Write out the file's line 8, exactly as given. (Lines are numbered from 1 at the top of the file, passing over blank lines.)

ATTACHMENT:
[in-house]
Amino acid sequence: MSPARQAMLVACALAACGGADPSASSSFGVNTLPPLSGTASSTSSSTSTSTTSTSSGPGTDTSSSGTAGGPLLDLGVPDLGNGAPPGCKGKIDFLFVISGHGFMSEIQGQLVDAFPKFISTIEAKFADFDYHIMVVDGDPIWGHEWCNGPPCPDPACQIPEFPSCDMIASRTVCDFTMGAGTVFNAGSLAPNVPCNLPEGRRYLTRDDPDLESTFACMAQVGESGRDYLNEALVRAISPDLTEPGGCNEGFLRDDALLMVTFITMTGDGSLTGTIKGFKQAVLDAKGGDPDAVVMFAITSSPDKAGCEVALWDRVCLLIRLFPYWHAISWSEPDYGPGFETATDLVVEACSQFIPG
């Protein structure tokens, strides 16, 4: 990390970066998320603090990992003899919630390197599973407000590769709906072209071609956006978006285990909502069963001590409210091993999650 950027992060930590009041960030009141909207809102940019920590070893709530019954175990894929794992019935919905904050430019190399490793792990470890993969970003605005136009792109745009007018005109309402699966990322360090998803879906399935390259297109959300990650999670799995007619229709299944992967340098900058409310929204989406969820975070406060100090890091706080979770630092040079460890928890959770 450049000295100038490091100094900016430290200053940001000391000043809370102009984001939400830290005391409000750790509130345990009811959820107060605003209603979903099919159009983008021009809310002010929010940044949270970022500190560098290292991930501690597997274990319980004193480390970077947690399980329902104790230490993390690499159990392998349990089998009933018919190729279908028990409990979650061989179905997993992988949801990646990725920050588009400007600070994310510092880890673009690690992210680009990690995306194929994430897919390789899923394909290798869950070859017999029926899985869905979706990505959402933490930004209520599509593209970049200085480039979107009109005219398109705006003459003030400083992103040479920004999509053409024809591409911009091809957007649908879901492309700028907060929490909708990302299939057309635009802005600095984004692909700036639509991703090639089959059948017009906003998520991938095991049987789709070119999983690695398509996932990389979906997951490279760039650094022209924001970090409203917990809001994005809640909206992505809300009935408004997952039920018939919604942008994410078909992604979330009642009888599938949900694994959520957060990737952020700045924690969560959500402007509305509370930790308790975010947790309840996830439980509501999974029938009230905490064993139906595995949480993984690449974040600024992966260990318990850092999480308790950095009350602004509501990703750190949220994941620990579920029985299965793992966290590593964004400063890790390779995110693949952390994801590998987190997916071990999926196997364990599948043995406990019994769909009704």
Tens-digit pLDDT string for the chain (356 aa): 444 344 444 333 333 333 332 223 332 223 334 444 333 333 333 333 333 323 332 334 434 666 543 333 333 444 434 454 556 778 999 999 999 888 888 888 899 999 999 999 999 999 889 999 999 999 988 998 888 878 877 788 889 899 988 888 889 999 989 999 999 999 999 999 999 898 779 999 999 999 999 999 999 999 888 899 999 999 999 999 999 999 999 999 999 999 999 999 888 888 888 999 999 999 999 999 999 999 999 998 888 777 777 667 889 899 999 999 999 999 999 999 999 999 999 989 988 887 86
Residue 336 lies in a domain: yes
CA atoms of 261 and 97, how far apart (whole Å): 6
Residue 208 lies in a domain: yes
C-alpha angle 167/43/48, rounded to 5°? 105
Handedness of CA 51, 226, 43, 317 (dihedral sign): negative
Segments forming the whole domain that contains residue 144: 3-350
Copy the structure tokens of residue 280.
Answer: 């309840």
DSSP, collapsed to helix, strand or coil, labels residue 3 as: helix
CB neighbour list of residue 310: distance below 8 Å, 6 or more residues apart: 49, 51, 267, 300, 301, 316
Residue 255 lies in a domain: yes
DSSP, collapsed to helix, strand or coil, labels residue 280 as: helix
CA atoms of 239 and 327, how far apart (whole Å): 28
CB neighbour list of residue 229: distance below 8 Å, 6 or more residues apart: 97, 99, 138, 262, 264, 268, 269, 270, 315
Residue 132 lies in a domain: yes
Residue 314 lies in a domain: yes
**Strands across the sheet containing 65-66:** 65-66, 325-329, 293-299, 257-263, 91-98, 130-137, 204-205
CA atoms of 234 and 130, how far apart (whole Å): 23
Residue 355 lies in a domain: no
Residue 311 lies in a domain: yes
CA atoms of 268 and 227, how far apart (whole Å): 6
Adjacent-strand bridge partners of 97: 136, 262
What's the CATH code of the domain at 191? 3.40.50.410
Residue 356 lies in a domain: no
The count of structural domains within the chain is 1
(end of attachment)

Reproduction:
C-alpha angle 167/43/48, rounded to 5°? 105